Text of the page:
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They study the evolution of tusks from dicynodonts to mammals

Science Newsroom, Oct 27 (EFE) .- A team of paleontologists has studied the evolution of tusks from several fossils of dicynodonts, distant relatives of modern mammals, which lived before the dinosaurs, some 270 to 201 million ago years, and that they were the first animals equipped with tusks.

Dicynodons had a reptilian appearance, with beaks similar to those of tortoises.

Since its discovery 176 years ago, one of its defining features has been the protruding pair of fangs on its upper jaws – in fact, the name dicynodont even means “two canine teeth.”

Researchers Megan Whitney of Harvard University and Ken Angielczyk, curator of the Field Museum in Chicago, wanted to find out why dicynodont tusks are called tusks without having the official requirements for it.

Details of the study are published today in Proceedings of the Royal Society B.

Not all protruding teeth are technically fangs. Only the composition of the teeth and growth patterns tell whether or not they are.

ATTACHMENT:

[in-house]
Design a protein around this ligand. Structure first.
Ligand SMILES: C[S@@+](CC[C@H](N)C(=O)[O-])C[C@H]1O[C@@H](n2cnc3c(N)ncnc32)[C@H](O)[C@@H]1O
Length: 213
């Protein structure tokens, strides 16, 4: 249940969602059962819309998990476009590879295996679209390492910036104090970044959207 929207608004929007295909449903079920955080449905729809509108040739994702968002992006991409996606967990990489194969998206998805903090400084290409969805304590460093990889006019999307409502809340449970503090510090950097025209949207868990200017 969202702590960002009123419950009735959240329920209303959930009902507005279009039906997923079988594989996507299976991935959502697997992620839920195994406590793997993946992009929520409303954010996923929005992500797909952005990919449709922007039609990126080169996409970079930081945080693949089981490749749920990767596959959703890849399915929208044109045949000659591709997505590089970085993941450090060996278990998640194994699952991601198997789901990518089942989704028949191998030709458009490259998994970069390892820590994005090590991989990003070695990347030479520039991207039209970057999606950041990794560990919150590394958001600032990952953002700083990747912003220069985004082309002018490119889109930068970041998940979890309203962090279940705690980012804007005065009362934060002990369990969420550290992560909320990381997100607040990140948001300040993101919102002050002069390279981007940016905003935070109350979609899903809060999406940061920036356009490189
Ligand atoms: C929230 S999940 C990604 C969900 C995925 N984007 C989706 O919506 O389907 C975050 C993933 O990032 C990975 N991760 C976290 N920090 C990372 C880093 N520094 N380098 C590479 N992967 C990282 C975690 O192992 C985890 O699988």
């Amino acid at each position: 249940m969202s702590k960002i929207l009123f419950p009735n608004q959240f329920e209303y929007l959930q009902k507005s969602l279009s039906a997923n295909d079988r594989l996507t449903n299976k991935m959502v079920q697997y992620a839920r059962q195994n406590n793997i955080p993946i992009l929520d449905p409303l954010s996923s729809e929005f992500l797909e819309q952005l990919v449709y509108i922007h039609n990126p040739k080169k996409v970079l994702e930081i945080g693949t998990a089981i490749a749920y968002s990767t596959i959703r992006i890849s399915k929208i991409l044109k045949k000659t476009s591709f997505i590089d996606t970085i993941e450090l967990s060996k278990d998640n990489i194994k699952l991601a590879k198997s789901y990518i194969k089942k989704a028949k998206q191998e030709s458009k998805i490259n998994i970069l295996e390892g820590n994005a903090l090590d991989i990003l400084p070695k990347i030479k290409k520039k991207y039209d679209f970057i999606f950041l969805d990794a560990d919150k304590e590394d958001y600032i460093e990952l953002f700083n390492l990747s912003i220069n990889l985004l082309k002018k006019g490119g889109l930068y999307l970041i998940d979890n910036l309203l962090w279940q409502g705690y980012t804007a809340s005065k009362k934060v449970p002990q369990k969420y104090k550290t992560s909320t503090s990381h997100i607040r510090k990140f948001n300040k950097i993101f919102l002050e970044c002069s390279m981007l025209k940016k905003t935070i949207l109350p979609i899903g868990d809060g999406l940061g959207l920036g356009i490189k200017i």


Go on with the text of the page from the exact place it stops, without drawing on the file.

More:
“For this job, we had to define a tusk, because it’s a surprisingly ambiguous term,” says Whitney.

For a tooth to be a fang, it has to extend beyond the mouth, continue to grow throughout the life of the animal, and, unlike the teeth of most mammals (including our own), it must be covered in dentin in hard enamel place.

Under these parameters, elephants, walruses and warthogs have tusks but rodents, for example, do not, because although they sometimes protrude and do not stop growing, they have an enamel band on the front of the tooth.

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